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Yesterday on talk radio an interviewee speaking about Sudanese Northerner's being forced into the mountains and away from their farmlands by the Sudanese Army said the result was:

The men would leave and go foraging to gather nuts and berries, things like this.

I don't know where exactly the punctuation belongs since it was on the radio, so I did my best to put the comma in the right place before the phrase in question.

Is his phrasing correct? Or would ending with the phrase:

things like that.

be correct. Are they both acceptable? Are there meaningful or grammatical differences between the two?

For context, he didn't enumerate similar activities in the related line of questioning before or after the above, nor did he explicitly reference anything else he said in prior areas of discussions.

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Why do you think this might not be correct? –  Andrew Leach Jul 18 '12 at 22:43
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Hi Andrew, I added a question about the differences (as opposed to just correctness). The phrase just rang strangely in my ears, perhaps because I think of 'this' as something that can be shown or held or tangibly shared. The speaker was referring to something that he had observed, he wasn't pointing at a picture, or to people actually doing the activity he described, he was merely recounting it. –  NOTjust -- user4304 Jul 18 '12 at 23:01
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I'm pretty sure we've had several questions on this and that. It really hacks me off that ELU has the same "optimised" indexing facilities as all the other SE sites, so you can't search for words like that (or this, or or! :). –  FumbleFingers Jul 18 '12 at 23:39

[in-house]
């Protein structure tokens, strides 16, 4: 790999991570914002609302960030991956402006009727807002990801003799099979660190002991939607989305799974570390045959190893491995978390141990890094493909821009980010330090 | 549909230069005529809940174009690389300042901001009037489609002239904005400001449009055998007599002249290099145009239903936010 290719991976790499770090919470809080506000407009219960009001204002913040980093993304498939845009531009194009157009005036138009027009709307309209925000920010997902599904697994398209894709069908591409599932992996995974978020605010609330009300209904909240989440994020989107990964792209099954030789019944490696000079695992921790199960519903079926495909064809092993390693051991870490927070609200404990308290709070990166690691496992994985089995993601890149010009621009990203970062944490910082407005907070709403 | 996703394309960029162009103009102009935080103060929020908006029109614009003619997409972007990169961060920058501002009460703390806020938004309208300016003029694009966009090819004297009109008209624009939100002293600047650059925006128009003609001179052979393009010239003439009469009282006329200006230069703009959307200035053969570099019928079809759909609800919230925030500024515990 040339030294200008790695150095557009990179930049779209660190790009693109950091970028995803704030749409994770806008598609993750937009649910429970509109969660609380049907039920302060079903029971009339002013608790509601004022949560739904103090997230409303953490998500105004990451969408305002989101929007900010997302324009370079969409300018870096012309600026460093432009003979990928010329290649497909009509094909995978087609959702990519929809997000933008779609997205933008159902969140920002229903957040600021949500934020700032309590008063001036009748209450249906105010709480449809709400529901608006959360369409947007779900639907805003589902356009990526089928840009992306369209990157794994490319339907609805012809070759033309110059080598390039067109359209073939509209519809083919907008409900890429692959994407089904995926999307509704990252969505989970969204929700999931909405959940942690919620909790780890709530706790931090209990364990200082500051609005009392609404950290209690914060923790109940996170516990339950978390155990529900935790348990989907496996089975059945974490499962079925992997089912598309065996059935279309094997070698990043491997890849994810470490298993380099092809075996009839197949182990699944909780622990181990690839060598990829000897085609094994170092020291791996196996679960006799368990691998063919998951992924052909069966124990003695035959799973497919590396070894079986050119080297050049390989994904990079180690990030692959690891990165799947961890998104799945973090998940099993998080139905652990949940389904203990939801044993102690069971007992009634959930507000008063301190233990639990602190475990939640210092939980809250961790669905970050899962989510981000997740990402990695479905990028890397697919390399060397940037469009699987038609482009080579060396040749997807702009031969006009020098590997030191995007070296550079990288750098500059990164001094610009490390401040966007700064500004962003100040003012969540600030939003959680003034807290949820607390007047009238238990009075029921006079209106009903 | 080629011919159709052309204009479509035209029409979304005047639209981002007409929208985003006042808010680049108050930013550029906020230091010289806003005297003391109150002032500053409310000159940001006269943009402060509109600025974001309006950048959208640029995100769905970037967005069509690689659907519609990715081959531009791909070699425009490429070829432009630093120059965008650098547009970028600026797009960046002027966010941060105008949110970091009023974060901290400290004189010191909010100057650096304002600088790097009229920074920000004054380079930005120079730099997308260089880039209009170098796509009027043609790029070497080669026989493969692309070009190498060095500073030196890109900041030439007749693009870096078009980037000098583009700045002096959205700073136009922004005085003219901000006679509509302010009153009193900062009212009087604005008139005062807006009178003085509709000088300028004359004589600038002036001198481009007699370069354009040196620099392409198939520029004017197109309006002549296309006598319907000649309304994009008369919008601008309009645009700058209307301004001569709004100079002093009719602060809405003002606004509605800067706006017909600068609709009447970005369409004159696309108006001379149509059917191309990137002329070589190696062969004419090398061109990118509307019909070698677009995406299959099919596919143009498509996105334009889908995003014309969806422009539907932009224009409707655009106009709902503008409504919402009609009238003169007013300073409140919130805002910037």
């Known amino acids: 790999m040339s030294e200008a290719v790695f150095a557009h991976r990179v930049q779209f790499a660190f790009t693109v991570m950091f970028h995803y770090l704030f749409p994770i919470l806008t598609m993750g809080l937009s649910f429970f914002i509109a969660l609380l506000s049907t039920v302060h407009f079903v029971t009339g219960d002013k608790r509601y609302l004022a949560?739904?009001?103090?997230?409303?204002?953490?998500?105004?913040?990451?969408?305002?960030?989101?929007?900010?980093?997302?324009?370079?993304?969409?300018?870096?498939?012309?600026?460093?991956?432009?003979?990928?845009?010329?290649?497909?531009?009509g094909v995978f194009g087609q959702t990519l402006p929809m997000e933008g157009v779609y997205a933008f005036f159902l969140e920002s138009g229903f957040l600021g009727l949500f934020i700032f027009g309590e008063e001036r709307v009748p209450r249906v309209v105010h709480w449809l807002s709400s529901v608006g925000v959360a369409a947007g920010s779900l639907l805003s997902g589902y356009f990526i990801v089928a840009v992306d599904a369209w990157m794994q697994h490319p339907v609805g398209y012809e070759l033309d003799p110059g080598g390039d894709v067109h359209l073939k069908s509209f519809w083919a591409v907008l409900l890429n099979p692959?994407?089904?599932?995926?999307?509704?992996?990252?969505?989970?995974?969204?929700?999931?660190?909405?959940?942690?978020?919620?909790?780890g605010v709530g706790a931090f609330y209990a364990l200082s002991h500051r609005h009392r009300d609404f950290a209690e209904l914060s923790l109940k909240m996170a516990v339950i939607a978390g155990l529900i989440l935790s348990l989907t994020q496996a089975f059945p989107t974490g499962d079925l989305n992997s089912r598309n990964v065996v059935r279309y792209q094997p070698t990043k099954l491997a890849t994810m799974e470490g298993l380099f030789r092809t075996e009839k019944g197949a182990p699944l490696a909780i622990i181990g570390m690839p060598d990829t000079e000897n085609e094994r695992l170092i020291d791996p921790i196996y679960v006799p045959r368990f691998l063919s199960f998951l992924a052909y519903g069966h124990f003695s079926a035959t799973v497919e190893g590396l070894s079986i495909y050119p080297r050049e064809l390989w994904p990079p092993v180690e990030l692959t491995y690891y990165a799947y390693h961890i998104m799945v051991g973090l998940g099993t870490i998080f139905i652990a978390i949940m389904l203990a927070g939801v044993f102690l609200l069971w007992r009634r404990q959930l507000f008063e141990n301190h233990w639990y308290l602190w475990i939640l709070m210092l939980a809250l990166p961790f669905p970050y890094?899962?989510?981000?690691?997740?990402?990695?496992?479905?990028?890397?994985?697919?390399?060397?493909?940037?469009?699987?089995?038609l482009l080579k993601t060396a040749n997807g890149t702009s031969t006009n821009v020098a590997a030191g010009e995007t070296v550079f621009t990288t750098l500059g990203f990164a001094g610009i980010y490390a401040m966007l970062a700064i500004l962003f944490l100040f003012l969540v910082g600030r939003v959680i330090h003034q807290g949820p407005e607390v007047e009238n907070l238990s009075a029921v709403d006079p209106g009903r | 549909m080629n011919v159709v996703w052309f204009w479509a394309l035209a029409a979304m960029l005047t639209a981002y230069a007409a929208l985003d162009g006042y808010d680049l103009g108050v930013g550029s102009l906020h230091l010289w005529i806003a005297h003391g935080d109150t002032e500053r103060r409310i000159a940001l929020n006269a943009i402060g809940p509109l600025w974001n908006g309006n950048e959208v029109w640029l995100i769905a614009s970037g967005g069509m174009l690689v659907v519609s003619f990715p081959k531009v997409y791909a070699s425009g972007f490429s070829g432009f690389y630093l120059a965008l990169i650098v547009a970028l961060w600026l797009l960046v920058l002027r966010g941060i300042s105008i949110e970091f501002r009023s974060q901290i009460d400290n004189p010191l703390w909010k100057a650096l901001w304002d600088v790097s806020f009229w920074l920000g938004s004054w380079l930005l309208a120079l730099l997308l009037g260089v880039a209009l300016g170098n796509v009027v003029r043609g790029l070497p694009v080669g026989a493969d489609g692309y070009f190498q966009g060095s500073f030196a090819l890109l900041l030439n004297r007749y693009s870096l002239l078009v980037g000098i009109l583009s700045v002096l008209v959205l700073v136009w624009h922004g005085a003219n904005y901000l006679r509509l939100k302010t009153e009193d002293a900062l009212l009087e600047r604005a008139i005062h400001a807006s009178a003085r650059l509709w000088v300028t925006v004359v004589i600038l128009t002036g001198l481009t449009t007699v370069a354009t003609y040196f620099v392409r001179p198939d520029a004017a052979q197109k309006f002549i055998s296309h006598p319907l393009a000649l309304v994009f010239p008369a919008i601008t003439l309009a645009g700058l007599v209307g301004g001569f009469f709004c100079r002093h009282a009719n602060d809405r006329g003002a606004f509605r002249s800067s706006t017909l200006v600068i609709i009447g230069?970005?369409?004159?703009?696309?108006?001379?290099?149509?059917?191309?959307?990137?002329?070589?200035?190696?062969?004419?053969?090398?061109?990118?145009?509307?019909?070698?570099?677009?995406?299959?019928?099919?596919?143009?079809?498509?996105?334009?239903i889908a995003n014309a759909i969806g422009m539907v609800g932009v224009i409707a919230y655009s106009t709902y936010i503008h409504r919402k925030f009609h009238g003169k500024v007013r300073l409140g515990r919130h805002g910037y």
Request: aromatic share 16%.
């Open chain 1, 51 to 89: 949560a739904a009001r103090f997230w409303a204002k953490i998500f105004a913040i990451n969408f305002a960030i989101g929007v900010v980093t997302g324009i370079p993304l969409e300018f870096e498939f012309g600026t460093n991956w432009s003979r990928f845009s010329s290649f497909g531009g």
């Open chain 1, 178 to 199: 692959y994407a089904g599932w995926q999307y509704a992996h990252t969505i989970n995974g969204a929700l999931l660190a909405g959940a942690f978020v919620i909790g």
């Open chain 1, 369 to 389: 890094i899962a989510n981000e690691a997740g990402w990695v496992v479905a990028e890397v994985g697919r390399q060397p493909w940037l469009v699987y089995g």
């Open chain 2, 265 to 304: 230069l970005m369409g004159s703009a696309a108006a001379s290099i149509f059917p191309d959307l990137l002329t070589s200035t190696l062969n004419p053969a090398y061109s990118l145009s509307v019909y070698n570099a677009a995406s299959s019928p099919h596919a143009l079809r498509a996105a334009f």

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This is very interesting. I have noticed that it is quite common among speakers of English as a foreign language, whose first language is Romance, to use "like this" rather than "like that" much more often than would a native speaker. This might have something to do with the demonstrative pronouns in their languages, whose direct translations, they are told, are "this". –  JamesHH Jul 19 '12 at 0:18
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2 Answers

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I think what you're bumping into is not a question of grammar, but just an idiomatic usage. The only time 'things like this' sounds right to my ears is when there's an example in hand to compare to. And even then it feels a little awkward.

Gesturing toward the fruit basket, he said, "We're looking for apples, oranges... things like this."

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After referencing multiple dictionaries, I suppose I'm inclined to agree with you. One should always have more than one good language reference on hand. It seems 'this' is acceptable since it was 'immediately' discussed before using the phrase even though we're just talking about speech. Certainly 'that' would seem to work too, since what is being discussed isn't immediate, just the conversation. The speaker was non-native, as well, and I think I hear this more with mainland Europeans than people here in the U.S. that contributes to the 'off' feeling I get when I hear the phrase said. –  NOTjust -- user4304 Jul 18 '12 at 23:30
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But (metaphorically), the referent for "this" is as close to hand as it can be - the immediately preceding "nuts and berries". –  FumbleFingers Jul 18 '12 at 23:42
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I would say it depends on what the word "things" refers to. If "things" refers to the nuts and berries, I would always use "things like that", whereas if "things" refers to "leave and go foraging and gathering" – a common practise among foreigners – I would say "this" or "that" may be used equally. Using "that" would be the "default", if you will. And using "this" would be from the perspective that having just mentioned the action of "leaving and going to forage and gather" has brought the action to mind, as a concept to be held in one's mind thus warranting the use of "this".

Many times the same sentences may be correct with "this"/"that" interchanged where "that" generally will refer to the actual thing, and "this" oft times referring to its mental representation in a present conversation.

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Your answer is useful. I tried to download the episode of the show I thought it was, but their server is down or something. Indeed, if there is more than one action spoken of as well, it becomes ambiguous rather quickly. The speaker could even have said "leave and go foraging and gathering for…" ! –  NOTjust -- user4304 Jul 18 '12 at 23:37
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